In a story that was posted online Thursday and carried in Friday's print edition summarizing campaign finance reports in this year's governor's race, we inadvertently omitted Republican candidate Jim Barnett.
According to his report, Barnett's campaign took in a total of $564,645 in 2017. Of that, however, $505,000, or 89 percent of the total, came from loans the candidate made to his own campaign, meaning he raised only $59,645 from outside sources.
Barnett is a Topeka physician who formerly served as a state senator from Emporia.
He was also the Republican Party's nominee for governor in 2006 when he ran unsuccessfully against then-incumbent Gov. Kathleen Sebelius. He received just over 40 percent of the vote.
In that race, Barnett reported having raised $281,7825 in his January 2006 report, and then another $238,253 in the months leading up to the August primary. He had only two major rivals in that primary, though: former Kansas House Speaker Robin Jennison; and social-conservative activist Ken Canfield.
In the general election cycle in 2006, Barnett reported raising $670,700.
Barnett has been out of politics now for a number of years, and this time around, he faces a wider and more competitive field of contenders.
There are those who say, however, that it matters less where a candidate gets his money than how he spends it.
Republican gubernatorial candidate Jim Barnett said Thursday that he would be committed to a nondiscrimination policy to protect gay and lesbian state workers, a policy that current Gov. Sam Brownback rescinded in 2015.
"On the social issues, it’s been a huge black eye for our state, and I will make it very clear here today that if I am governor of Kansas, there will not be discrimination," Barnett said during a news conference Thursday.
When asked specifically about an executive order that was in place during Democratic Gov. Kathleen Sebelius' administration barring discrimination in executive branch agencies on the basis of sexual orientation or identity, an executive order that Brownback rescinded, Barnett said, "I would support that."
Thursday's news conference was intended to highlight Barnett's agenda for public education, which he referred to as "the driver of the Kansas economy in the 21st century." He said his agenda would be focused on investing in early-childhood education, increasing funding in order to stop the cycle of school finance litigation, and focusing on career preparation for Kansas students.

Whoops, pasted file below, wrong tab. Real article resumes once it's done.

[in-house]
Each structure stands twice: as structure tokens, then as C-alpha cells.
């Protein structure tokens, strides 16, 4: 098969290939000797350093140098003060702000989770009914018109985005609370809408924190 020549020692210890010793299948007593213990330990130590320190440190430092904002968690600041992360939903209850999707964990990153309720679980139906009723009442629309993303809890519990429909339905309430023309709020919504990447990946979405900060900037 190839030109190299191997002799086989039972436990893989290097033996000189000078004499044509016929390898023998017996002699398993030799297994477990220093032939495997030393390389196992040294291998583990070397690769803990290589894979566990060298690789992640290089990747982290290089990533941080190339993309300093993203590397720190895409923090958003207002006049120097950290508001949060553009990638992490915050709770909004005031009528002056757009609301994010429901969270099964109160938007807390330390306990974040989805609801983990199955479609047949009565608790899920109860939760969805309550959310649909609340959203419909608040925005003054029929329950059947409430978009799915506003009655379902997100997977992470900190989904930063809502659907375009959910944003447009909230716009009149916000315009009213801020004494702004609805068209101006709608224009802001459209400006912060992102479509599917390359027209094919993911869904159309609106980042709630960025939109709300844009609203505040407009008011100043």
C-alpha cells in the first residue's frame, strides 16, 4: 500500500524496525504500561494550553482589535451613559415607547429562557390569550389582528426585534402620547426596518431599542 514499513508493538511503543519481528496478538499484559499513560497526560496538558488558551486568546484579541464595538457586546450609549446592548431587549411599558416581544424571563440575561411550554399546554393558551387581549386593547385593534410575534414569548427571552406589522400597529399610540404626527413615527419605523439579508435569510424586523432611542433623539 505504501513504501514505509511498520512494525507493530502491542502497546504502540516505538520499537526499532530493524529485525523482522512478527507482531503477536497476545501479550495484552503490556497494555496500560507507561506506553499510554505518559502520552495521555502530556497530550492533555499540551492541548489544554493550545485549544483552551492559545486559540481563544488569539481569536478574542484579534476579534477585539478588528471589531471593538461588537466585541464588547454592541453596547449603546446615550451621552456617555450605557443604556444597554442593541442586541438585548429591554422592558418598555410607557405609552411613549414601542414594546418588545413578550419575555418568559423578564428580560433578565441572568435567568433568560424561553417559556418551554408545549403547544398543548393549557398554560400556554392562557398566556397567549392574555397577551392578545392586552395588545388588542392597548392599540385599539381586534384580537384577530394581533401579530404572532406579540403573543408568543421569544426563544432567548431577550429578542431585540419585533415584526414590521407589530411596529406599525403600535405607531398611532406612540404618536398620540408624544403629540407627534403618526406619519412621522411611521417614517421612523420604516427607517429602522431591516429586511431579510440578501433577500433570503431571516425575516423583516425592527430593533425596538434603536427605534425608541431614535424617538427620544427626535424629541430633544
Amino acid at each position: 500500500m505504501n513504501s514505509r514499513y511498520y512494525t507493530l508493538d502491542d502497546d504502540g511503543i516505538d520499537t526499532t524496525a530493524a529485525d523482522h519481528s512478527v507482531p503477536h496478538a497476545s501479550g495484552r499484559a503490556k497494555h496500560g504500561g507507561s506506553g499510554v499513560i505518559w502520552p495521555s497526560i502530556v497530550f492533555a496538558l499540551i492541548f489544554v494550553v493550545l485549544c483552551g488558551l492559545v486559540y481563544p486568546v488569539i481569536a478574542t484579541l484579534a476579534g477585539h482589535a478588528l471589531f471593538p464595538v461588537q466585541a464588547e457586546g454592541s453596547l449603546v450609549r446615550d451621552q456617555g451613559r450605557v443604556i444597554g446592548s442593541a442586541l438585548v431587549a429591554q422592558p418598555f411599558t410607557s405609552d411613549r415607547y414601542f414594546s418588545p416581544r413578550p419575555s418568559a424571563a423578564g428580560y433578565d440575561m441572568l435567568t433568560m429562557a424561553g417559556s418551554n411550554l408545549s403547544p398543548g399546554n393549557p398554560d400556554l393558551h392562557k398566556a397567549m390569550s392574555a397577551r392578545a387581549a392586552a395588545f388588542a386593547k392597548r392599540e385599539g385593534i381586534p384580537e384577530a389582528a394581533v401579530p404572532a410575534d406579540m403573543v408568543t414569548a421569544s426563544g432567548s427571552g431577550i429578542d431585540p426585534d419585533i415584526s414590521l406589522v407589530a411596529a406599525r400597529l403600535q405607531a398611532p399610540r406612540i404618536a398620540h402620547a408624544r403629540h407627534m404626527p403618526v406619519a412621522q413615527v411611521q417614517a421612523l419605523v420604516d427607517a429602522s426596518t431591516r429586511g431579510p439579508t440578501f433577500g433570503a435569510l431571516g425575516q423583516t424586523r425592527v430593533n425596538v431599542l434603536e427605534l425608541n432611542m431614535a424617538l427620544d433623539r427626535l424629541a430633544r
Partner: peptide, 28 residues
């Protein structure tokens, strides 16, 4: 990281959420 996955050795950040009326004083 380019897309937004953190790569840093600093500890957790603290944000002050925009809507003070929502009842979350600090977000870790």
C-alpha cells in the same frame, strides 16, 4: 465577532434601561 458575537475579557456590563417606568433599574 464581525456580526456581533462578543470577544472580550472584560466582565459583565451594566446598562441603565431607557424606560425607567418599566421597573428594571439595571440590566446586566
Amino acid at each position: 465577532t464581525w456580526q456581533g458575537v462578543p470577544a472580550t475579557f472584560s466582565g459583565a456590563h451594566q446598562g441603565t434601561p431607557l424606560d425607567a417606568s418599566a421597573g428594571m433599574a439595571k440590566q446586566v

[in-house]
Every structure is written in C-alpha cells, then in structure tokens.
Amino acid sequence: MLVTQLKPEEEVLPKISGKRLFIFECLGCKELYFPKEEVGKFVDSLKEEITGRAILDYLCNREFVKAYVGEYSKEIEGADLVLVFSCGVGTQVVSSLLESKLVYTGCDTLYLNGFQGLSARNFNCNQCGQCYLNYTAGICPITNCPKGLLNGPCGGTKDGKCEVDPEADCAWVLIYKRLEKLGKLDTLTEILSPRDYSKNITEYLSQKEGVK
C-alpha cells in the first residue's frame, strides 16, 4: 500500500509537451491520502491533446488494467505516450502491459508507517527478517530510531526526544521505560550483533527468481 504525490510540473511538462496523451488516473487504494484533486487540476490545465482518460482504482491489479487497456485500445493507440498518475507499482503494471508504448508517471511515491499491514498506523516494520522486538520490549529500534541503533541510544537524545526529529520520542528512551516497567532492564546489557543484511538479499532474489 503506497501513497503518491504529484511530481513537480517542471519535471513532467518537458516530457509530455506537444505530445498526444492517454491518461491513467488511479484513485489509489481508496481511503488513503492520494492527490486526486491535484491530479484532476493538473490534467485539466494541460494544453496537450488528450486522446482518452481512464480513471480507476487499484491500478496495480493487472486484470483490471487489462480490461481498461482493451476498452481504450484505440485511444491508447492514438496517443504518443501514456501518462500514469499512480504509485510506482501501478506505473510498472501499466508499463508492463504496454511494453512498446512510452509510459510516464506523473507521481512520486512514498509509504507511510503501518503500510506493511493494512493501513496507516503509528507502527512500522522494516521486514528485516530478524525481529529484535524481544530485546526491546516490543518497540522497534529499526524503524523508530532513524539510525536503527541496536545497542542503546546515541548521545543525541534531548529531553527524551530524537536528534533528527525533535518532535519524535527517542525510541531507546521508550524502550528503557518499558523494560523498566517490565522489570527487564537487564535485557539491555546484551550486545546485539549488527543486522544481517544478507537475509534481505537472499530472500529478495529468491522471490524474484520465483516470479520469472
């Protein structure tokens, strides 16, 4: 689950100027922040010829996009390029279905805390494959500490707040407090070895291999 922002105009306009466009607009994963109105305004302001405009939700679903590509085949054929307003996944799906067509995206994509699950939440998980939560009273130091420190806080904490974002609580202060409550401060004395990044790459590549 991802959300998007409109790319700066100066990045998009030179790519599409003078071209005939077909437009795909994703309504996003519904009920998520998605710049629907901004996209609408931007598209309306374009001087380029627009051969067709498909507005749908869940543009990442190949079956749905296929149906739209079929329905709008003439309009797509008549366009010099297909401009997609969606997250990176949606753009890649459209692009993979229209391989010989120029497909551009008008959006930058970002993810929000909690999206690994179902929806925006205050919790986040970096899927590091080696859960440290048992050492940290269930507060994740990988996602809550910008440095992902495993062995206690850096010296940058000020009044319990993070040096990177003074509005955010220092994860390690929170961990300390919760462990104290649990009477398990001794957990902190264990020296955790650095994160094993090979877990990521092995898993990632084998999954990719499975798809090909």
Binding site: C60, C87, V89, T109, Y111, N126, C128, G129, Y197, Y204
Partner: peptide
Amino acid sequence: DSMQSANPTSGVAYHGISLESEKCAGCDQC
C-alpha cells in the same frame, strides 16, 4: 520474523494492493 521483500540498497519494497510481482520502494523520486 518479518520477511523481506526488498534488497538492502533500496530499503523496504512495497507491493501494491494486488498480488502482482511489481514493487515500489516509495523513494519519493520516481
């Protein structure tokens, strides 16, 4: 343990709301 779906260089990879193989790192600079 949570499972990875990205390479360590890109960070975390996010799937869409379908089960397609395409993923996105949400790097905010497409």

Answering questions from reporters, Barnett said that during his recent statewide tour of Kansans, he had heard from businesses all across the state that their biggest need is access to a highly trained workforce.
He was then asked about the number of young people who leave Kansas after high school or college for larger metropolitan areas elsewhere in the country that are perceived as more tolerant than Kansas, where lawmakers in recent years have proposed a series of "religious freedom" bills that critics say would legalize discrimination against gays and lesbians.
Barnett, who is known as a social conservative on many issues, said he recognized that as a problem in Kansas.
Since announcing his candidacy earlier this year, Barnett said, he has tried to identify six major issues that he wants to focus on, spending one month talking about each. Earlier, he has gone on tours to focus on agricultural policy, health care, economic development and tourism.
"This month we're talking about education, and our last tour is going to be a young professionals tour," he said. "How do we change the image of this state in the fashion that you just described? And it's hugely important because a lot of us are going to retire, or are retired already, and if we don't replace ourselves we're going to be in trouble."
Barnett is vying in a crowded Republican field for the gubernatorial nomination in 2018. The perceived front-runner in the race is Secretary of State Kris Kobach, who is known nationally for his crusades against illegal immigration, and who earlier this week received the endorsement of the nationally syndicated talk show host Sean Hannity.
Also running for the GOP nomination are Lt. Gov. Jeff Colyer; Insurance Commissioner Ken Selzer; former Rep. Mark Hutton, of Wichita; former Rep. Ed O'Malley, who now lives in Wichita; Wichita businessman Willis "Wink" Hartman; and a number of other lesser-known candidates, including several teenagers.